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Few Things You Should Avoid In Your Story Dialogue|Golspen

Dialogue like the series of events in a story should advance your story, reveal character traits as well as keep the story pace. You should know how to write your story dialogue to achieve this aim. The purpose of this post is to share with you how to write a dialogue that sparkles. Before that, I want you to understand it is good to master conversation skills but wrong to apply how people talk in real life to your story dialogue. You will learn why and how as we go on.

   

What are the things you should avoid while writing your story dialogue?

Stay away from telling whenever you can

Show not tell may sound cliché but it’s still one of the keys to writing a great story. In real life dialogue, people tell what they feel. You hear things like, ‘I’m so excited,’ I’m sad,’ ‘I’m glad, and so on. This is normal in the real world because that’s how real people talk. But when writing your story dialogue, you need to pay attention to what people do while they say what they say and describe it. You don’t need your character to say how they feel except you must include it alongside the description.

 If your character says, ‘I’m happy, there should be sparkling of the eyes and the corners of the mouth drawn back, or even teary eyes when the happiness overwhelms.

Know how people of the era or place in your story talk.

If your story takes place in a different era or place, do not assume how the people talk. Your dialogue must show off the talking style, Otherwise, your story loses its quality.  If you are not sure, find out from those who know it well. Make a thorough research, watch movies if possible, ask questions, this will help you to avoid a plain or assumed version of the language. You must not write it if you are not sure of it.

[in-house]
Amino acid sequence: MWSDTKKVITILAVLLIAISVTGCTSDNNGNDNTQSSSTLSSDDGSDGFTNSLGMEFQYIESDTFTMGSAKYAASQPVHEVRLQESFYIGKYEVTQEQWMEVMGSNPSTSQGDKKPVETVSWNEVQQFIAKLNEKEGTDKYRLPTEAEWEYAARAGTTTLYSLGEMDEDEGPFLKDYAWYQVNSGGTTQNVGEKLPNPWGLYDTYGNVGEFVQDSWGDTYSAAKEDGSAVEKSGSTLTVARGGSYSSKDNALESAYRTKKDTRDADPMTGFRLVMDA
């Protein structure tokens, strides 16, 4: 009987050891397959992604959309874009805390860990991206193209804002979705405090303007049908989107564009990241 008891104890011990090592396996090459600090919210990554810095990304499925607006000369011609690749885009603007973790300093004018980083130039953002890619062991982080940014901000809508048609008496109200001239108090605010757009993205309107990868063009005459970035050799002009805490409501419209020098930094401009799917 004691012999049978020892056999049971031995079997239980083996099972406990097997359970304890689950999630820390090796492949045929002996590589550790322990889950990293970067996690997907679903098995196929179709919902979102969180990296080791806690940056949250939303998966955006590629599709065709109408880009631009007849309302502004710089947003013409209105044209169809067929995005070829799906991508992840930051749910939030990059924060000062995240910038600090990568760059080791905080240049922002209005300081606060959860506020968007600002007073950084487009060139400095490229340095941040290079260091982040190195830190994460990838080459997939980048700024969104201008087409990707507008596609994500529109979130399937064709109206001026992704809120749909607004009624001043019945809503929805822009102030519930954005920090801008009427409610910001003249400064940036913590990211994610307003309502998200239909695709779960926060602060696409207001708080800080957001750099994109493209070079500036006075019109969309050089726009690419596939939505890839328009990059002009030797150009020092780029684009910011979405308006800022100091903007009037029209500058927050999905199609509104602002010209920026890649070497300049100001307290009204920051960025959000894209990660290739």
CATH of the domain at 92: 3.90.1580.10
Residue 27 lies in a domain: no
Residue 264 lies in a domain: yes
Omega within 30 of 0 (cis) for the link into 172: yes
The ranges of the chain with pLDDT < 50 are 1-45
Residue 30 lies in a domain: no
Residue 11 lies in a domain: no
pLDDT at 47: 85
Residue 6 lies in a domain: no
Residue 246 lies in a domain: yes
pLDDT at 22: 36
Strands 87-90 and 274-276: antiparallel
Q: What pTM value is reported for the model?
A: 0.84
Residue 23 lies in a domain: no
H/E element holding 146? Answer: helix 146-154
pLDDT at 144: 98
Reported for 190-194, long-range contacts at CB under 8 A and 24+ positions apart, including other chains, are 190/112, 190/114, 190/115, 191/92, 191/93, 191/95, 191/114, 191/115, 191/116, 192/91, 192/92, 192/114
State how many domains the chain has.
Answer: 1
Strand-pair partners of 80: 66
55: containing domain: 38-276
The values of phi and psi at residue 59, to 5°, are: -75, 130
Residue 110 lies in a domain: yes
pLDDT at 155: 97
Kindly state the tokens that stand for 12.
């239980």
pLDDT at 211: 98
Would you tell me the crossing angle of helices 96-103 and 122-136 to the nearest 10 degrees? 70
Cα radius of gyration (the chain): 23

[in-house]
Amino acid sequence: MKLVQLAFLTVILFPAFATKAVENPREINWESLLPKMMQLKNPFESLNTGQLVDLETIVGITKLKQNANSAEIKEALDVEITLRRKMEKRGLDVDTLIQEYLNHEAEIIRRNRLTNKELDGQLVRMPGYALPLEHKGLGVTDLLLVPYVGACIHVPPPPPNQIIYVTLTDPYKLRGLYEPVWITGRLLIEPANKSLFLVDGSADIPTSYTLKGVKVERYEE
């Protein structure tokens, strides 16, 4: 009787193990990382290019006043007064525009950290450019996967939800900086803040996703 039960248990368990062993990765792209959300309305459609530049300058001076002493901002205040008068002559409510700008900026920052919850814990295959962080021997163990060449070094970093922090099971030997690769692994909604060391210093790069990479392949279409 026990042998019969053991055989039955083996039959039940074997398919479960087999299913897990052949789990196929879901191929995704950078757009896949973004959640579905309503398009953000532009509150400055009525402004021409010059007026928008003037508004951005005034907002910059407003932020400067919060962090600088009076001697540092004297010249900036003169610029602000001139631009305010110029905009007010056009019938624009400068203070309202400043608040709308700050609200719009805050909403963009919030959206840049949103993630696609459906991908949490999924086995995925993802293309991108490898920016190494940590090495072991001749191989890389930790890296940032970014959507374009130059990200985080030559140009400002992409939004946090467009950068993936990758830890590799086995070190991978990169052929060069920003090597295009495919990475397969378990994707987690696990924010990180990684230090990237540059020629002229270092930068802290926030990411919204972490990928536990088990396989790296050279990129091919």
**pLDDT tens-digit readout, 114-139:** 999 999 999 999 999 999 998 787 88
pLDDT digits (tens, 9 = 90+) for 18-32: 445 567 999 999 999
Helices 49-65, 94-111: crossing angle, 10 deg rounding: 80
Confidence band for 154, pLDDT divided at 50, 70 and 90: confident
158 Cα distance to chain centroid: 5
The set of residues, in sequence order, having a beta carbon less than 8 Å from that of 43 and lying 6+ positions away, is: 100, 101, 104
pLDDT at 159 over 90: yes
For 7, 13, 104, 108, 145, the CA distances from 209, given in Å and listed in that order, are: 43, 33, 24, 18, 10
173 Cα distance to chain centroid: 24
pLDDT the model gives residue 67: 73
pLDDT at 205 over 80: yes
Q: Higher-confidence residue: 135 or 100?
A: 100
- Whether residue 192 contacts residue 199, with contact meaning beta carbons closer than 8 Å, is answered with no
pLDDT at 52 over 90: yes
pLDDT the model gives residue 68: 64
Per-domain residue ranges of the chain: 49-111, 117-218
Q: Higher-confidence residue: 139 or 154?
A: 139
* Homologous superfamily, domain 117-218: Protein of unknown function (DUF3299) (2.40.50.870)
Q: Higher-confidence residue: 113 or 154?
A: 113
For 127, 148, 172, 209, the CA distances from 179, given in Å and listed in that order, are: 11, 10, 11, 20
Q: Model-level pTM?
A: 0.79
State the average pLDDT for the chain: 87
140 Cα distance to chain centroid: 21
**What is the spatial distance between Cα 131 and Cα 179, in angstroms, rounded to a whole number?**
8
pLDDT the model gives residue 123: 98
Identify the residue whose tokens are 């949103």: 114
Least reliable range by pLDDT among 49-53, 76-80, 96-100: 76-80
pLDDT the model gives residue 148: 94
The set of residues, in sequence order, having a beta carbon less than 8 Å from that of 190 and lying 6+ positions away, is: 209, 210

Keep your dialogue tag functional

Some writers use description in their dialogue tag to replace a boring “he said”  “she said” tag. Do not do that. Dialogue tag in itself shouldn’t be descriptive. Its function is to let the reader know who is saying what. When you use tags like, “she shouted,”, “he roared out”, she screeched,”, you make the reader stop and think about them and that’s distracting.

Instead of using descriptive tags, show or describe the character’s action or body language at that time. Look a close look at the dialogue from Half Of A Yellow Sun by Chimamanda Ngozi Adichie 

‘Train station? Arinze and I are not leaving until tomorrow, Mohammed,’ Olanna said. She almost ran to keep up with him. ‘I’m going back to my uncle’s house in Sabon Gari.’   ‘
Olanna,’ Mohammed started the car; it jerked as he took off. Sabon Gari is not safe.’
    ‘What do you mean?’ She tugged at the scarf; the embroidery at the edges felt coarse and uncomfortable against her neck.


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Florence Ezekafor View All

I'm a food scientist who has chosen the path of creative writing- the one thing which comes to me naturally.
Back in 2013, my love for teaching young learners propelled me into picking teaching as a career. I taught English, Maths and Science in the United Arab Emirates where I lived for ten years. Right now, I live in Coal City, a beautiful hilly area of my country Nigeria.
My website Fiez-writer is a product of my extreme desire to share my writing with the world. Here, I share fiction, poems, thoughts and writing tips.
A huge part of my life is spent with my lovely family and I'm a proud mother to three brilliant kids.

2 thoughts on “Few Things You Should Avoid In Your Story Dialogue|Golspen Leave a comment

  1. I don’t do stories on my posts but yes, the “she said” & “he said” ~Dialogue tag in itself shouldn’t be descriptive…
    It will be helpful for my additional subject(English) in college.
    Thanks for sharing.

    Liked by 1 person

    • Good to hear this will be of use. Although, I don’t entirely rule out the possibility of seeing your story in the future as well. You never know😉. Thank you for leaving a comment. Wishing you the best in your studies.

      Like

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